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Controller

Two city race updates

Item one: We have another candidate for Comptroller.

Jew Don Boney

Jew Don Boney

Jew Don Boney, who sat on City Council for three terms in the 1990′s, will run for City Controller, he told the Chronicle Wednesday.

Boney joins Houston Community College trustee Carroll Robinson and 2013 candidate Bill Frazer in the race for the city’s top financial officer. Two other candidates, current Deputy Controller Chris Brown and METRO board member Dwight Jefferson, are seriously considering joining the race, but have not yet done so.

Currently an administrator at Texas Southern University, Boney served as mayor pro-tem under Mayor Lee Brown and represented District D, a predominantly African-American district. Boney lost to Robinson in a testy election for the seat on HCC’s board in 2011.

Here’s the interview I did with Boney for that 2011 HCC Trustee race. He was my Council member for about two years when I lived in Montrose. I liked him them and am glad to see him get in this race. This is the first time I’ve seen the name Chris Brown listed as a possible candidate. I’d heard his name mentioned before but had confused him with former Council Member and Mayoral candidate Peter Brown. Let there be a big field for this race. It would be nice to have a spirited debate about the Controller’s office and duties.

Item two: Chris Bell fires another shot in his campaign finance battle.

Mayoral candidate Chris Bell filed a formal complaint to the Houston Ethics Commission on Wednesday charging that former City Attorney David Feldman overstepped his authority when he granted permission to Rep. Sylvester Turner to raise money for his mayoral bid when other candidates couldn’t.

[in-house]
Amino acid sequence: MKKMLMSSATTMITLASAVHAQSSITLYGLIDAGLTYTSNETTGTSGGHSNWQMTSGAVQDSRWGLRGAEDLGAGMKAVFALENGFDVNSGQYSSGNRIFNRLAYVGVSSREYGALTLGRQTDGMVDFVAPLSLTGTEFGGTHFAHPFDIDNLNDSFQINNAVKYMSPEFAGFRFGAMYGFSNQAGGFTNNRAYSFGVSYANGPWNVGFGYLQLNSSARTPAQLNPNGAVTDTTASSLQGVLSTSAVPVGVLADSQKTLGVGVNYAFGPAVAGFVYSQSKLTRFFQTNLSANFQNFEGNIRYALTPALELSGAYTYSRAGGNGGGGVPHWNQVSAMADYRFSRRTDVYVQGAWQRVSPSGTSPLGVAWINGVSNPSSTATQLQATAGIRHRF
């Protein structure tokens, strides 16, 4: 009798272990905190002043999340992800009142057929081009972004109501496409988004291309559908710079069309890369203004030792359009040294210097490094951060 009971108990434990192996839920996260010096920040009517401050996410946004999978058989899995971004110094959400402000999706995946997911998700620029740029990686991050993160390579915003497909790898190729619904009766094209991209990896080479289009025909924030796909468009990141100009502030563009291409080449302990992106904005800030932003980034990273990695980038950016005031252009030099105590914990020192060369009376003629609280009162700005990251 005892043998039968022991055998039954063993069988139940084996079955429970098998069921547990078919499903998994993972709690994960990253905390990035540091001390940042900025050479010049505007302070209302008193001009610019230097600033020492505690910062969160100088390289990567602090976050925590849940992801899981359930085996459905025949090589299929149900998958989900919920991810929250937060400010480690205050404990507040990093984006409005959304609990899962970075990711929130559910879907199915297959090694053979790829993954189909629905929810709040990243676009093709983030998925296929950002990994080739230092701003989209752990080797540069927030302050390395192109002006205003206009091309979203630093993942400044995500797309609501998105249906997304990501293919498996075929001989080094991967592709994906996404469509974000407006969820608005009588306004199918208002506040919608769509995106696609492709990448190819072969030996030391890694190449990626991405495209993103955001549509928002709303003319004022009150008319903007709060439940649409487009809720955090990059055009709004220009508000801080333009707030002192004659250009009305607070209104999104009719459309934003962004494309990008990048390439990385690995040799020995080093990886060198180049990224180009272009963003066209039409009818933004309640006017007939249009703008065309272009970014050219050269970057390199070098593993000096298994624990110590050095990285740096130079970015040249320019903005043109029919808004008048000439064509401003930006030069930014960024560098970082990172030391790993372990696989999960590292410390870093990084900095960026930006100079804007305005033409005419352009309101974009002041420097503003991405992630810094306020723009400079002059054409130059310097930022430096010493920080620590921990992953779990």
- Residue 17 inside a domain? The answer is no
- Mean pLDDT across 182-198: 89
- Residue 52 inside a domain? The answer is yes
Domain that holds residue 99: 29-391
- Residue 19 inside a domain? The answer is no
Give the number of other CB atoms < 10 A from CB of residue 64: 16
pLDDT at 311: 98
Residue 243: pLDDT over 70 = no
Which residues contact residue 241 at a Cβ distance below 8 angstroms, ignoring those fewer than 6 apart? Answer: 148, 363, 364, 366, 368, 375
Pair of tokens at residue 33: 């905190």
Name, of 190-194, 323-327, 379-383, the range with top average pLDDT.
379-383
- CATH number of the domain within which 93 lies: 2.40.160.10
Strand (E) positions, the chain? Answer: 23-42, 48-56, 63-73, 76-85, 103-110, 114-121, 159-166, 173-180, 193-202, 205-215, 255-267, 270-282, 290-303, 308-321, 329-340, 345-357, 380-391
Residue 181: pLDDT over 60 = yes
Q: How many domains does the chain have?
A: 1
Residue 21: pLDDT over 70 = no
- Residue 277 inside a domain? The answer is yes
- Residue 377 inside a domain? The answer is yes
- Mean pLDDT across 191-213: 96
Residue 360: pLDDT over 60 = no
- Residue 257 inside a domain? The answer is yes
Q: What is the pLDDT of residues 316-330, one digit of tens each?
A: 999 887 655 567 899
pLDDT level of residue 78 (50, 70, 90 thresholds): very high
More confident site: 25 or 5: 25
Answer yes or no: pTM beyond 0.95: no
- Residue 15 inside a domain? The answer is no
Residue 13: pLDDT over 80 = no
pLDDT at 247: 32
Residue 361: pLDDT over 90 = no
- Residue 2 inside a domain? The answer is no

In a six-page complaint, Bell’s attorney, Geoffrey Berg, argued that the City Attorney is only allowed to advise city officeholders, which Turner is not. That was a key point of contention in court last month: Feldman replied that since he advised the Houston Ethics Commission — a board that Berg said should interpret campaign finance law for mayoral candidates — he effectively could advise Turner directly.

“I received a simple email from Sylvester Turner,” Feldman said as he defended himself in court last month. “I responded with an answer. We do serve our citizens, whether they happen to be state representatives or not.”

[…]

In Wednesday’s complaint, Berg reiterates much of the case he has made in court for months, arguing that the legislative history of the city’s campaign finance law makes clear that Turner’s strategy violates it. Berg also responds to the City’s argument, central to its case, that a January federal court decision that declared Houston’s blackout period unconstitutional renders Bell’s grievance obsolete.

“Mr. Feldman is wrong. The contribution cap reflected in the Ordinance is in no way dependent on the constitutionality of the blackout period,” Berg wrote.

See here, here, and here for the background. Another lawsuit from Bell on this issue remains a possibility. I don’t have anything else to add to this.

The Controller’s travels

This is me shaking my head.

City Controller Ronald Green

Houston controller Ron Green, the city’s top elected financial watchdog, has flown first class and frequented high-end hotels in New York and Chicago at taxpayer expense for more than two dozen publicly funded excursions, booking lodgings that cost as much as $460 per night and often exceeding maximum rates set by city policy, records obtained by the Houston Chronicle show.

In all, Green has billed for more than $35,000 in expenses for out-of-town trips in his first three years as the city’s elected financial watchdog – taking far more city-funded jaunts than Houston’s better-known mayor.

[…]